either Meaning in the Cambridge English Dictionary Cambridge dictionaries logo

Meaning of “either” in the English Dictionary

"either" in British English

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eitheradverb

uk   /ˈaɪ.ðər/ /ˈiː-/  us   /-ðɚ/
B1 used in ​negativesentencesinstead of "also" or "too": I don't ​eatmeat and my ​husband doesn't either. "I've never been to the States." "I haven't either." They do really good ​food at that ​restaurant and it's not very ​expensive either.

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eitherdeterminer, pronoun, conjunction

uk   /ˈaɪ.ðər/ /ˈiː-/  us   /-ðɚ/
B1 used when referring to a ​choice between two ​possibilities: Either ​candidate would be ​ideal for the ​job. "Do you ​preferpork or ​beef?" "I don't like either." "Would you like the ​metal or ​plastic one?" "Either will do." You can get there by ​train or ​bus - either way/in either case it'll take an ​hour. We can either ​eat now or after the show - it's up to you. Either you ​leave now or I ​call the ​police!

expend iconexpend iconMore examples

eitherdeterminer

uk   /ˈaɪ.ðər/ /ˈiː-/  us   /-ðɚ/
(Definition of either from the Cambridge Advanced Learner’s Dictionary & Thesaurus © Cambridge University Press)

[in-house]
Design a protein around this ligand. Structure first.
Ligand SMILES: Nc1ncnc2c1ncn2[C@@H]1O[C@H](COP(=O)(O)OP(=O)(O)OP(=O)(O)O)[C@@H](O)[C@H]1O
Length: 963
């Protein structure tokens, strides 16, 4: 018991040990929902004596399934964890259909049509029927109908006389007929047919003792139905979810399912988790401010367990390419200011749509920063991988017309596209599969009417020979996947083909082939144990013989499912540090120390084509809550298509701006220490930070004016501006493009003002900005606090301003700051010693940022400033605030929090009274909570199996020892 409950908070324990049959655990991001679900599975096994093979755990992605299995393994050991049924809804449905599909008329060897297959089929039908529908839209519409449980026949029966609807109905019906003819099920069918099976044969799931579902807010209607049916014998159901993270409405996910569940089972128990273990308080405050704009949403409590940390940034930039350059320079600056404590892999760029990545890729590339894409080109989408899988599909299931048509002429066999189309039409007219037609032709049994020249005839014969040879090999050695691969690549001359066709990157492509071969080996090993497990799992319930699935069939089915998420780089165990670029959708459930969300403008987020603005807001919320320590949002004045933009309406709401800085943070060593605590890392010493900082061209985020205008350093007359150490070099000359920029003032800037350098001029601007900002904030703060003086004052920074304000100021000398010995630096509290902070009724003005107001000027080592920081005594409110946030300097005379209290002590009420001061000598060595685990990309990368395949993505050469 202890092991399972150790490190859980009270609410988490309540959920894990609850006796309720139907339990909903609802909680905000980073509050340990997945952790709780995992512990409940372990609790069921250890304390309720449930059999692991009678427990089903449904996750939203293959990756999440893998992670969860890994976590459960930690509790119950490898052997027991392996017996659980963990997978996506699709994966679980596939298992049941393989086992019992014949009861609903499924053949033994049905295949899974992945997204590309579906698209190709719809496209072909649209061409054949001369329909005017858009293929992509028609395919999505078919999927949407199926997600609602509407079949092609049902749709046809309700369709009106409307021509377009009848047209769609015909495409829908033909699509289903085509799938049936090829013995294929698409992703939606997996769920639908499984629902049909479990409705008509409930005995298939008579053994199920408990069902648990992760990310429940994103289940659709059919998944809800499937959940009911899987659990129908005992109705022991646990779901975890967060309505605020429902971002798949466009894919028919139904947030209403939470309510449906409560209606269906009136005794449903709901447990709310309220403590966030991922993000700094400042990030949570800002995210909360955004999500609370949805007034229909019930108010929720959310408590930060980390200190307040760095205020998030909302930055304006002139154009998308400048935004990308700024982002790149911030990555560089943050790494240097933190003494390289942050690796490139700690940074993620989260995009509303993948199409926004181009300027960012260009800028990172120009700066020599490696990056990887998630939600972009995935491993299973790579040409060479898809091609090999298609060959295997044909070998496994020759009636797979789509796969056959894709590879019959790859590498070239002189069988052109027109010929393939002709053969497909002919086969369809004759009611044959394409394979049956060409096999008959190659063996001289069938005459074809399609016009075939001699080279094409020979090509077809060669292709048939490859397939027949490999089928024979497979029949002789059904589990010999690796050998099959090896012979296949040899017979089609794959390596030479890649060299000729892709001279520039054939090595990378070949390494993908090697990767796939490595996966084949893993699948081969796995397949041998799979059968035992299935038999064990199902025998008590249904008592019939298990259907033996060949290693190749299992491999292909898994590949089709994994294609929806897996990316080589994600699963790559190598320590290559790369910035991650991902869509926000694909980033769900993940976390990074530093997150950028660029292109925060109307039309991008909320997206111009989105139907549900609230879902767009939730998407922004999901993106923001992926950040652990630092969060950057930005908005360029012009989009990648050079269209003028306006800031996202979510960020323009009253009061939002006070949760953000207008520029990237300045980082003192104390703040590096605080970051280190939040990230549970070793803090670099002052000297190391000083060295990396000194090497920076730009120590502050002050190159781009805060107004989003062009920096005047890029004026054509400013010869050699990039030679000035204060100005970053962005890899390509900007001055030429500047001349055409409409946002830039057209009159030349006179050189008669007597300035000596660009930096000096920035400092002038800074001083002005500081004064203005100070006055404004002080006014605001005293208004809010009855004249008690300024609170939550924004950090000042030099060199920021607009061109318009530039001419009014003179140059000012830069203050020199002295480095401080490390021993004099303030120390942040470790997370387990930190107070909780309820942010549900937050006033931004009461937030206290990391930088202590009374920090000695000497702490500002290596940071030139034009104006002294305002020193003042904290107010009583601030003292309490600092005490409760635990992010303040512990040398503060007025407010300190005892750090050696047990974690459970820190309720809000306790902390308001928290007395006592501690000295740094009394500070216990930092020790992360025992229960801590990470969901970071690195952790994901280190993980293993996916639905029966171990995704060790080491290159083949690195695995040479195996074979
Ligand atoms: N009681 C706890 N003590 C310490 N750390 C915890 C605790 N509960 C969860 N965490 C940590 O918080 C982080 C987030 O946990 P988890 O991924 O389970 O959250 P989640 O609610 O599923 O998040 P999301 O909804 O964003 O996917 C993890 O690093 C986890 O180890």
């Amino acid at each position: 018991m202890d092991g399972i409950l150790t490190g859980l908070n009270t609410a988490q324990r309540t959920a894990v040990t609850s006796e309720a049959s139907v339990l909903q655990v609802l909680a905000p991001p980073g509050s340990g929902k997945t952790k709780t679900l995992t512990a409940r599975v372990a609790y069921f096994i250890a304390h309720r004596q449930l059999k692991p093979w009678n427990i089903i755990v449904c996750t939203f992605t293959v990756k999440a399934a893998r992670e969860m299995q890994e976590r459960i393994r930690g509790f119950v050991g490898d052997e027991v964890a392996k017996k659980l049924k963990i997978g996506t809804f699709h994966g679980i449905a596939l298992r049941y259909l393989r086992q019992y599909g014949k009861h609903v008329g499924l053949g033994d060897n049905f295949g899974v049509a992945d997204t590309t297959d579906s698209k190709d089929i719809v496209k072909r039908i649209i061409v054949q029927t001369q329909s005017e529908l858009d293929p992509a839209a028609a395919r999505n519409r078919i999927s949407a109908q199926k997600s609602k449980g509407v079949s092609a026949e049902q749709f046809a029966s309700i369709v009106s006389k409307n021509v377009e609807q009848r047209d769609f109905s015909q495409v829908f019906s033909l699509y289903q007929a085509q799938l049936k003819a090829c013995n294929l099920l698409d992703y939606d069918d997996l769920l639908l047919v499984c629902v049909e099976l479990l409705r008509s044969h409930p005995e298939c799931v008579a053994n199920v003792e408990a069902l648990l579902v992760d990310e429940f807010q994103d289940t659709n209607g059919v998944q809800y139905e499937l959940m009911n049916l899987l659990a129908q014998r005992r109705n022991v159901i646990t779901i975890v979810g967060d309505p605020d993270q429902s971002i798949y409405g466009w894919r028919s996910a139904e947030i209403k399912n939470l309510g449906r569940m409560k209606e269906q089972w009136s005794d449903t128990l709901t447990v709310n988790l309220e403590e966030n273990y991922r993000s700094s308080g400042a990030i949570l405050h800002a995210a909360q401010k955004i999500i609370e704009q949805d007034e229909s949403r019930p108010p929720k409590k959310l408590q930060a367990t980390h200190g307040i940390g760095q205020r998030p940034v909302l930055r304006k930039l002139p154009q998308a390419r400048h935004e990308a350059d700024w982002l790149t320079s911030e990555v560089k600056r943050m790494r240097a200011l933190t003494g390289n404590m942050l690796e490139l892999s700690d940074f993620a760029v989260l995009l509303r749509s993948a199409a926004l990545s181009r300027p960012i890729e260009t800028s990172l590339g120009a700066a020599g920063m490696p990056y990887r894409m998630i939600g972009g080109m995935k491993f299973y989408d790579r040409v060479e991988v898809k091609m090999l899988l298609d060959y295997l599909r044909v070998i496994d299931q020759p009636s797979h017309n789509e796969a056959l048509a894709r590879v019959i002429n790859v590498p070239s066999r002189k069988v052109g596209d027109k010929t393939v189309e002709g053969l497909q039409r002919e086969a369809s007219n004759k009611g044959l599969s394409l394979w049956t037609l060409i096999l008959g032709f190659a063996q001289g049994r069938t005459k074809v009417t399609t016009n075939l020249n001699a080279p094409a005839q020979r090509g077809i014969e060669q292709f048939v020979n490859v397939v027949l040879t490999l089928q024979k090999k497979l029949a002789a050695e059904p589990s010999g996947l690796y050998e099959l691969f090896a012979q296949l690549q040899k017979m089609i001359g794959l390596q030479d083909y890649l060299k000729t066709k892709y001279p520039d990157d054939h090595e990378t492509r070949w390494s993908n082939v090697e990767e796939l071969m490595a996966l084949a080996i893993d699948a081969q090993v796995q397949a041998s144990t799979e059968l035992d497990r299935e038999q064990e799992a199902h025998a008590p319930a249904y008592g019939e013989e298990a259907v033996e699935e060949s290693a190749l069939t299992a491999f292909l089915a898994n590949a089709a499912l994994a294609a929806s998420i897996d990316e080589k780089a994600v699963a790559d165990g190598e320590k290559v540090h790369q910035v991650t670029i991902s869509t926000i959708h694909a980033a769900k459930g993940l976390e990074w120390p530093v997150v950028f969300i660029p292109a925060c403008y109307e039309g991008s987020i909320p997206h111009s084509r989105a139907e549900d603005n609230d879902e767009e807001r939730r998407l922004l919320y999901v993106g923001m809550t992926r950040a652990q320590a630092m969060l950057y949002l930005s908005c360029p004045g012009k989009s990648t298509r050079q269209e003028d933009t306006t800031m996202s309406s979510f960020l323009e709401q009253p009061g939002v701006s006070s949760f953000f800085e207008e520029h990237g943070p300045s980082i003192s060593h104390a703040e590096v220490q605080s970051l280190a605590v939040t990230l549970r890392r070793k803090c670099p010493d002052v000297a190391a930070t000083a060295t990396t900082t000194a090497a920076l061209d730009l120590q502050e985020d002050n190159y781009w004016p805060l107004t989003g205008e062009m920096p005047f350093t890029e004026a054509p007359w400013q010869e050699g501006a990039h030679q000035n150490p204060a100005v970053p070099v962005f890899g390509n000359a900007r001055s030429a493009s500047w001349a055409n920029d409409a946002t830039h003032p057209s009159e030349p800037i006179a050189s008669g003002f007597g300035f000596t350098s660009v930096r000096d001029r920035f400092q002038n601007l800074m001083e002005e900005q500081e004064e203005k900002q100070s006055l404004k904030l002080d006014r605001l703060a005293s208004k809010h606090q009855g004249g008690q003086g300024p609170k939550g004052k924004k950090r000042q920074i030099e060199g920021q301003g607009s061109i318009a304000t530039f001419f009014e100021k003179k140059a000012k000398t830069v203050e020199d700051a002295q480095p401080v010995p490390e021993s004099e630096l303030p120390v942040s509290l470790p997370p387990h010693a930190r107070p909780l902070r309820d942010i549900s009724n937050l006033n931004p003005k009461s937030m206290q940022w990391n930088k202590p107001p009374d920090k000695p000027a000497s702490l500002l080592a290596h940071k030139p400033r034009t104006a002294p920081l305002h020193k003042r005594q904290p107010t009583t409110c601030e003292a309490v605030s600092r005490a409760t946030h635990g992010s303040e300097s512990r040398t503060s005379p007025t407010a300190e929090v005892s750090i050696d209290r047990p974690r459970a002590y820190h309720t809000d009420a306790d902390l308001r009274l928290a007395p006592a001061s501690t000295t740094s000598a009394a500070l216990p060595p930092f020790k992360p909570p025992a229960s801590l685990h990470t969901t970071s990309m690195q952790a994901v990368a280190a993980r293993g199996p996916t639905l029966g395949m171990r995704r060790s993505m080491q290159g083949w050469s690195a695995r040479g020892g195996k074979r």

"either" in American English

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eitheradverb [not gradable]

 us   /ˈi·ðər, ˈɑɪ-/
used in ​negativesinstead of also or too: The ​restaurant has good ​food, and it’s not ​expensive either.

eitheradjective, pronoun, conjunction

 us   /ˈi·ðər, ˈɑɪ-/
  • either adjective, pronoun, conjunction (CHOICE)

one or the other of two: Either ​person would be ​fine for the ​job. You can go by ​train or ​bus – either way it’ll take an ​hour. I ​left it either at ​home or in the ​car. You can also use either to ​mean both: Friends ​sat on either ​side of me on the ​plane.
(Definition of either from the Cambridge Academic Content Dictionary © Cambridge University Press)
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“either” in American English

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